There is a call to action that begins with the opening words printed on the screen.
"One out of nine births in this country is to a teenager."
"Many face their pregnancy and parenthood alone."
This call to action intensifies as the viewer witnesses Loretha Weisenger's understanding and compassion for each girl. By her actions, she clearly shows us what is needed to provide hope for a better life for these families.
From the film's description at Black Public Media's website:
"A Doula Story documents one African American woman’s fierce commitment to empower pregnant teenagers with the skills and knowledge they need to become confident, nurturing mothers. Produced by The Kindling Group, a Chicago-based nonprofit organization, this powerful film follows Loretha Weisinger back to the same disadvantaged Chicago neighborhood where she once struggled as a teen mom. Loretha uses patience, compassion and humor to teach “her girls” about everything from the importance of breastfeeding and reading to their babies, to communicating effectively with health care professionals."
We see the significant barriers to breastfeeding these girls face. At the same time, it is clear that when these girls do breastfeed, the health and emotional benefits can be crucial and satisfying for the mom who can take pride in her unique gift that only she can give to her baby. Watching Ms. Weisinger help these girls to breastfeed, reminded me of a story a WIC breastfeeding counselor shared with me.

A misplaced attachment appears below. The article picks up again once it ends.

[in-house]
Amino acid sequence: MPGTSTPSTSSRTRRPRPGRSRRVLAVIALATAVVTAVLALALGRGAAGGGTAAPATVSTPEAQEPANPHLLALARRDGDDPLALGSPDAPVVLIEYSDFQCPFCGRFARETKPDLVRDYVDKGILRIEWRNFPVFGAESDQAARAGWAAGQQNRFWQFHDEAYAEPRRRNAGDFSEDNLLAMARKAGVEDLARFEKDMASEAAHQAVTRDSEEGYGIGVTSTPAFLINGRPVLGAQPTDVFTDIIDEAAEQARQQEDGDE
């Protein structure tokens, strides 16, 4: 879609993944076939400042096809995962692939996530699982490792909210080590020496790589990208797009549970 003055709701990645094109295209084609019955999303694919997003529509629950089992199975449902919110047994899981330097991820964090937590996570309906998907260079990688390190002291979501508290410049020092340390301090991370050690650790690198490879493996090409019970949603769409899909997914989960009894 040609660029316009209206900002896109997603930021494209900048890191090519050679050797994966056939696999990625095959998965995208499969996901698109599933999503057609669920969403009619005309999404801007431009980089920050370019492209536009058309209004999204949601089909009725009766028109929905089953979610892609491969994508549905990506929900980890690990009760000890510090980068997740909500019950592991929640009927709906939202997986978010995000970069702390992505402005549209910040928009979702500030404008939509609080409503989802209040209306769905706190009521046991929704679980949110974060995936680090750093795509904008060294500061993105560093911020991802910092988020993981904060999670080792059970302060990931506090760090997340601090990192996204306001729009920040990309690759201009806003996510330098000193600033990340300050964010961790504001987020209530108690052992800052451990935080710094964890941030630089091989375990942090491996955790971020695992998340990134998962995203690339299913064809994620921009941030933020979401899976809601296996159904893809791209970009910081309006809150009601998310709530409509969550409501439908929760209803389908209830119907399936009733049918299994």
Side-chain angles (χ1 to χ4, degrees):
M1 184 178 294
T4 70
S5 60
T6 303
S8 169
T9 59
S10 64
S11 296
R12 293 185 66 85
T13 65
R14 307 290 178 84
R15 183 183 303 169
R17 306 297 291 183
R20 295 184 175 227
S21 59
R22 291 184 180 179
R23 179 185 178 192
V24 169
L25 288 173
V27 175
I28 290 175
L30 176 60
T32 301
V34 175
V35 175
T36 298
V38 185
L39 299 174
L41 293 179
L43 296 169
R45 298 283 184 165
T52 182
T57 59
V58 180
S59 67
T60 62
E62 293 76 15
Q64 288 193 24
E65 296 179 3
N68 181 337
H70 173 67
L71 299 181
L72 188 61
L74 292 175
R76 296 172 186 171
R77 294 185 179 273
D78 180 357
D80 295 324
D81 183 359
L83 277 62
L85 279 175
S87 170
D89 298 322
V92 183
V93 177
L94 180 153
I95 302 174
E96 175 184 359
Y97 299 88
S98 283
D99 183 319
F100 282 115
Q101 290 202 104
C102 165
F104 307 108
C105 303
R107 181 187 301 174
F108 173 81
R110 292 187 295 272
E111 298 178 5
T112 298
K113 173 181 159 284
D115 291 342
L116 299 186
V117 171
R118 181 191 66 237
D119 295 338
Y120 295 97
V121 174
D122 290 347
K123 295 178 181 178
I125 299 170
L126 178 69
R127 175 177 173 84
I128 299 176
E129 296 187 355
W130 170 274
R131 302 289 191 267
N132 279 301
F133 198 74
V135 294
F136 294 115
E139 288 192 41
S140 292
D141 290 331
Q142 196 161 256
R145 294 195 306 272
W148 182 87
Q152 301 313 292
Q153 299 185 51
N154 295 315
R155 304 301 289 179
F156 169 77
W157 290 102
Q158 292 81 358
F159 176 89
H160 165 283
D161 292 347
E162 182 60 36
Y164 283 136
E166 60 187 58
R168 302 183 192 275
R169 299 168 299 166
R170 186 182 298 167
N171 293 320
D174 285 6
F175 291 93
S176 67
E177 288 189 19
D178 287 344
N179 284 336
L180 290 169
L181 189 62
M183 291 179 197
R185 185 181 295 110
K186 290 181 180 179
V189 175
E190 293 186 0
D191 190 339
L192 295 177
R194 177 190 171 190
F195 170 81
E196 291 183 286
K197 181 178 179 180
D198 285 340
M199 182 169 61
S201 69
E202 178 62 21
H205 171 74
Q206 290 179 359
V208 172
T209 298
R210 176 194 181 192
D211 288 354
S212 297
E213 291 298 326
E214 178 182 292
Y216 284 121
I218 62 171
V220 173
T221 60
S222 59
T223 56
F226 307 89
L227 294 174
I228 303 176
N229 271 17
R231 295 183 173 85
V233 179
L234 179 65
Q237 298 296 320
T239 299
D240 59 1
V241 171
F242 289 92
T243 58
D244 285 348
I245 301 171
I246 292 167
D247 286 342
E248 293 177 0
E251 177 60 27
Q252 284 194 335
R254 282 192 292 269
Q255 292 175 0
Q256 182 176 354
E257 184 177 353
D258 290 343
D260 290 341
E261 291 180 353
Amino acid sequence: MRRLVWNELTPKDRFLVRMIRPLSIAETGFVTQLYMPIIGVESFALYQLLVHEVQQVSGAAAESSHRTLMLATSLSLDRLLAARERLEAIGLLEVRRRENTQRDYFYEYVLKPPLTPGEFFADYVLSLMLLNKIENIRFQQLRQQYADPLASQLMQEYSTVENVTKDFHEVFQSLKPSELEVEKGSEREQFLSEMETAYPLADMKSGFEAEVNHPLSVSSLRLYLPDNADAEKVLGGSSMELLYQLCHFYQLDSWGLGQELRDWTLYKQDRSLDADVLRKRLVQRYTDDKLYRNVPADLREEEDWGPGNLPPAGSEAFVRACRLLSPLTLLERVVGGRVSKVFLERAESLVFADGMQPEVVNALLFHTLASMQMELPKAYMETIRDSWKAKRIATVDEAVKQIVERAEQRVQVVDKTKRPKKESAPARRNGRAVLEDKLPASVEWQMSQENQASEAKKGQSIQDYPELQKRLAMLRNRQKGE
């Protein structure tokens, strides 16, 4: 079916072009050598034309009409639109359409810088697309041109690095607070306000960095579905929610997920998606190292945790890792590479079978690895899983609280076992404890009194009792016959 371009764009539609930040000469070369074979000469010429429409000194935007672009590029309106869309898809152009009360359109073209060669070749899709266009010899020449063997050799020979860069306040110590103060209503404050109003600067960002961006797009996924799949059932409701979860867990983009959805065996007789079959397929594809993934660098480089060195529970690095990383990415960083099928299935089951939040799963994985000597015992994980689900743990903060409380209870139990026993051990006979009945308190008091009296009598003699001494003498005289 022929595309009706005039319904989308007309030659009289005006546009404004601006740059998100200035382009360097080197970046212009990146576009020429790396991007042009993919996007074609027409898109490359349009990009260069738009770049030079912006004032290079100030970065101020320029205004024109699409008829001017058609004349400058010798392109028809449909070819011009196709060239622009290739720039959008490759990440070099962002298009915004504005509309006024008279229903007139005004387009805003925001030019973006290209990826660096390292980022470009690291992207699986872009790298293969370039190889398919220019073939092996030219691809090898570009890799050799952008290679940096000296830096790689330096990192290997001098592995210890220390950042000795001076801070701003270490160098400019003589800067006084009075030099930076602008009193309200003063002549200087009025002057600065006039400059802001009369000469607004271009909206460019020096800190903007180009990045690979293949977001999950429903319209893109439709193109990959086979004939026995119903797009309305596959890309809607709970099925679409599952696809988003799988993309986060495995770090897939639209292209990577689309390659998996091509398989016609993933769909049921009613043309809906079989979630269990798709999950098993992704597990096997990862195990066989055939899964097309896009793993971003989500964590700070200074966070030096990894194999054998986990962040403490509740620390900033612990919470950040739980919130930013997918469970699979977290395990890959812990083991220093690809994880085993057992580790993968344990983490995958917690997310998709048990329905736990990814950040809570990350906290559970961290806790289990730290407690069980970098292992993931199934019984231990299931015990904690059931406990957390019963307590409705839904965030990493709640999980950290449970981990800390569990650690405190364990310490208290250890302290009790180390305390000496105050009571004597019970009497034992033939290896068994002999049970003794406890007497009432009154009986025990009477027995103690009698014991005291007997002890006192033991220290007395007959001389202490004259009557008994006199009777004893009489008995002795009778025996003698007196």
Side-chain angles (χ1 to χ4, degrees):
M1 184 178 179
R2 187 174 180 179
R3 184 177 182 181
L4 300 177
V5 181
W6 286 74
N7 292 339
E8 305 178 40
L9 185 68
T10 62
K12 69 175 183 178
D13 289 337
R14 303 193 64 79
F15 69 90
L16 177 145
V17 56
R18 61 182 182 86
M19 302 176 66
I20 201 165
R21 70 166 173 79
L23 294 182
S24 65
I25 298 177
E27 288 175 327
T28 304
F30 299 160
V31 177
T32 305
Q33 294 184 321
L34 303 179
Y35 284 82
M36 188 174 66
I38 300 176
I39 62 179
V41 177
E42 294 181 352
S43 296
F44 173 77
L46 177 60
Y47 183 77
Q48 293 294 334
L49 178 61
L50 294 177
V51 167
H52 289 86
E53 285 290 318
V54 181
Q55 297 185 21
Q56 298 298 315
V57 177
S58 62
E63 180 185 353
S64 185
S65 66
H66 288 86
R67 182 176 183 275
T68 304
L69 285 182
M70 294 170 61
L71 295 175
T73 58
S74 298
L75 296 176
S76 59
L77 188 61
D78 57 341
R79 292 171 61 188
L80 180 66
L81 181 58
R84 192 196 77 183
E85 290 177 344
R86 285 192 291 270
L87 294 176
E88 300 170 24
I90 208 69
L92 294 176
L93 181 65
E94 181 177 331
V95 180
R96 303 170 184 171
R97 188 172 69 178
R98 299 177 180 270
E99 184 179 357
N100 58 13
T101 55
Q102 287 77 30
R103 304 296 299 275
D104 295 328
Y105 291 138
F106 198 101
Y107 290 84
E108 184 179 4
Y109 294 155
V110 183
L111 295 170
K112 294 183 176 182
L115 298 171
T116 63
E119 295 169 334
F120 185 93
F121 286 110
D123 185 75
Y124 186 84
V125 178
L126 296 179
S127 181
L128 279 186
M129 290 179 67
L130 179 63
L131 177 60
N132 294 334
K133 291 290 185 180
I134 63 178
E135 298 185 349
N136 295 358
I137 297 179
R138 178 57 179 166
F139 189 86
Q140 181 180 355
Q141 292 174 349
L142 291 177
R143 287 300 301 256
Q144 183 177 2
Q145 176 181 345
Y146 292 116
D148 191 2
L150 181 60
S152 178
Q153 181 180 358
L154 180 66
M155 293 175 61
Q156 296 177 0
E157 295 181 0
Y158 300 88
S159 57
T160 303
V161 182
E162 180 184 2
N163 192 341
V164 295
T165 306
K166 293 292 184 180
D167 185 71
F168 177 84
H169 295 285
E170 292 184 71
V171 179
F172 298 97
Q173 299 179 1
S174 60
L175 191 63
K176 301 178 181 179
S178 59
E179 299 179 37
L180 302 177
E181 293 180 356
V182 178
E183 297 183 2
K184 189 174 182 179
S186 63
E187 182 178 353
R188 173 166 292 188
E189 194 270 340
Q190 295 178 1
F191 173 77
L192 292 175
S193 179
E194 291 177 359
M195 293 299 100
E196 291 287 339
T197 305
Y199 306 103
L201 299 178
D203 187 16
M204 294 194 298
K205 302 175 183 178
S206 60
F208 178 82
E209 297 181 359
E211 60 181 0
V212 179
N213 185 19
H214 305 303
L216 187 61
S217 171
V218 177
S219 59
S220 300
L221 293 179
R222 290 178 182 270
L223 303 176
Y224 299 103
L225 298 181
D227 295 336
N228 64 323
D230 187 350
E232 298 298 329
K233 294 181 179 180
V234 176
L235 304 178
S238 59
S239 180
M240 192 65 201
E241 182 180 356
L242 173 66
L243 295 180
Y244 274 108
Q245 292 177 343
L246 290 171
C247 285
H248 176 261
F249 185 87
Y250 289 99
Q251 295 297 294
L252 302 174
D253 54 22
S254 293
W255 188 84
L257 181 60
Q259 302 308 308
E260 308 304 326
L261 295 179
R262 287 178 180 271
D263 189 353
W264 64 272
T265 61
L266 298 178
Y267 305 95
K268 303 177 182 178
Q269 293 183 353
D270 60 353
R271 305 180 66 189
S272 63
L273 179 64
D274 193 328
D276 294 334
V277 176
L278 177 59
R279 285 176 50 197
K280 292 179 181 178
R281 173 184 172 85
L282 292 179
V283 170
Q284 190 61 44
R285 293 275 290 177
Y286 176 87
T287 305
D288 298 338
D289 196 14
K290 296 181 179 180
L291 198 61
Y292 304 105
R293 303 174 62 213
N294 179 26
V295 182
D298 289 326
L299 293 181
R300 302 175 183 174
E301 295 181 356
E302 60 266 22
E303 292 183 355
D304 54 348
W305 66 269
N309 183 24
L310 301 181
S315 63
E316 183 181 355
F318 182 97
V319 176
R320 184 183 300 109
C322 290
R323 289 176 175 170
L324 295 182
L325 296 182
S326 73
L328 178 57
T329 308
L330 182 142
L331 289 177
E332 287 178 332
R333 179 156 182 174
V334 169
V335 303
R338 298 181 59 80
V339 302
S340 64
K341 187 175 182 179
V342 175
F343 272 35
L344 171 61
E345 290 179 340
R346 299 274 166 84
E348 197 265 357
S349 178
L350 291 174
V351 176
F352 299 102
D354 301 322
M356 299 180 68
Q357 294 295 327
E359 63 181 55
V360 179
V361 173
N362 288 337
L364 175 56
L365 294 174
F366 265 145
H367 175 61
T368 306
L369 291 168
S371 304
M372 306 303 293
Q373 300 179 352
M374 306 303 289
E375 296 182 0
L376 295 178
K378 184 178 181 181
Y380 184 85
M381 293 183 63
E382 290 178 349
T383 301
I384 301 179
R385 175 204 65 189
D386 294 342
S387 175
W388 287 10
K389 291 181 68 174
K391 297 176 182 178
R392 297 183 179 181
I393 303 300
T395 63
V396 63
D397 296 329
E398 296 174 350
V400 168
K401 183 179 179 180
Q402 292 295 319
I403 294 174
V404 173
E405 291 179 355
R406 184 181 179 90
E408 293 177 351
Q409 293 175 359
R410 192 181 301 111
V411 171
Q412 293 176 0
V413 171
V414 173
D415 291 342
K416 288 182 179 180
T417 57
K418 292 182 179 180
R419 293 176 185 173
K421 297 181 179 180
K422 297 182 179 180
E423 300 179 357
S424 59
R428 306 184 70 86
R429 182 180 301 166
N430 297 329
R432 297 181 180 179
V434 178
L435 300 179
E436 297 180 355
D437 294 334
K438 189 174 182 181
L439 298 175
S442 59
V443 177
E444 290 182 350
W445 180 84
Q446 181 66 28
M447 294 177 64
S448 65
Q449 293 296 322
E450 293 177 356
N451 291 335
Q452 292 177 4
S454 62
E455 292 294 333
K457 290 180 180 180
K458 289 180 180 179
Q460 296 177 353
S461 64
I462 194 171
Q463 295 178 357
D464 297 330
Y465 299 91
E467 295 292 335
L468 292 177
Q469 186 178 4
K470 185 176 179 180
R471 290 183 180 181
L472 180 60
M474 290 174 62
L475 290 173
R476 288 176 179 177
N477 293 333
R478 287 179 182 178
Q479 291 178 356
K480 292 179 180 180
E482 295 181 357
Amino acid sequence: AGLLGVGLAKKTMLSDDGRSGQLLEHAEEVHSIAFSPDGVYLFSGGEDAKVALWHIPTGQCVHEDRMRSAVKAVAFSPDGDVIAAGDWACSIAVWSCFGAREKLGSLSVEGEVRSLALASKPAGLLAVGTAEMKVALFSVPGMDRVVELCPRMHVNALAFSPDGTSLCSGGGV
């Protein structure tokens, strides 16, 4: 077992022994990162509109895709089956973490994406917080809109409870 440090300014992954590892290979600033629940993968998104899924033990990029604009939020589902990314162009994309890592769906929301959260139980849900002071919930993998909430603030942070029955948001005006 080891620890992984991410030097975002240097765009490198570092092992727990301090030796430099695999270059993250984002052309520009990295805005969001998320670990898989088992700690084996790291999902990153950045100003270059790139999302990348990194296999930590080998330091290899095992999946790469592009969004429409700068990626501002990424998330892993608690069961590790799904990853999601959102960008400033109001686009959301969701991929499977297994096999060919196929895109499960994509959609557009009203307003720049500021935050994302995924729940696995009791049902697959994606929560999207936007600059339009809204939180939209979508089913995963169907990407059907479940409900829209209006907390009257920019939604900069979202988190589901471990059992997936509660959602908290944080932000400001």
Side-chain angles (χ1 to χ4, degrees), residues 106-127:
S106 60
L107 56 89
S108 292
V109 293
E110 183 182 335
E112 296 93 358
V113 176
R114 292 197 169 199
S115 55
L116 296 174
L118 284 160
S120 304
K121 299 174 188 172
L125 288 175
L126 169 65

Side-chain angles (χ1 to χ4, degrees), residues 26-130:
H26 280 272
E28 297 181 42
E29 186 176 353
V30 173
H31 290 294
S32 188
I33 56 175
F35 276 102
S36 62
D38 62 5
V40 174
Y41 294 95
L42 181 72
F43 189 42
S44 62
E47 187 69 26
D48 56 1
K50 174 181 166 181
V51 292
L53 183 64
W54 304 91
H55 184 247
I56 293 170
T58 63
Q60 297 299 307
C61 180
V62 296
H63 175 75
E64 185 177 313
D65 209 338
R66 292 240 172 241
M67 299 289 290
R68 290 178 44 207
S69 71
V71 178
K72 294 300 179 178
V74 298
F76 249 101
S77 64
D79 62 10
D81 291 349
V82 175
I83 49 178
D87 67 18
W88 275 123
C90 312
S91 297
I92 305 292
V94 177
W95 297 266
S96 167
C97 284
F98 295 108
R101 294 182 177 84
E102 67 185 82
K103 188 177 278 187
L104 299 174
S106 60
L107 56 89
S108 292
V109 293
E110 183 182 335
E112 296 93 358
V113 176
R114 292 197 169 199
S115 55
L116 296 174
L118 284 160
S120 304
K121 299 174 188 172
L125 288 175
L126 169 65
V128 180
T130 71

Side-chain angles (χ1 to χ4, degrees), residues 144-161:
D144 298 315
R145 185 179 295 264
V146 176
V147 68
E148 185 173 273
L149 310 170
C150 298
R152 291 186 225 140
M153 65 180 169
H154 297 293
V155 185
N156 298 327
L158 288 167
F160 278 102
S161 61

The WIC counselor was working with an African American woman whose baby was thriving on breast milk. The woman weaned her baby when she returned to work because she was overwhelmed by a lack of support and the increased demands of returning to work when her baby was quite young. Subsequently, her baby ended up in the emergency room many times for illnesses and intolerance to the different formulas. In frustration, the mother said to the WIC counselor, "Why didn't you chain me to a chair and make me breastfeed?" The WIC counselor's response was that she had to respect the mother's right to choose. What choices did this mother really have? She wanted to breastfeed but the barriers overwhelmed her.
If you wish to learn more about the services and mission of Marillac House, where Ms. Weisinger works, click here
Click here to view the hour-long film.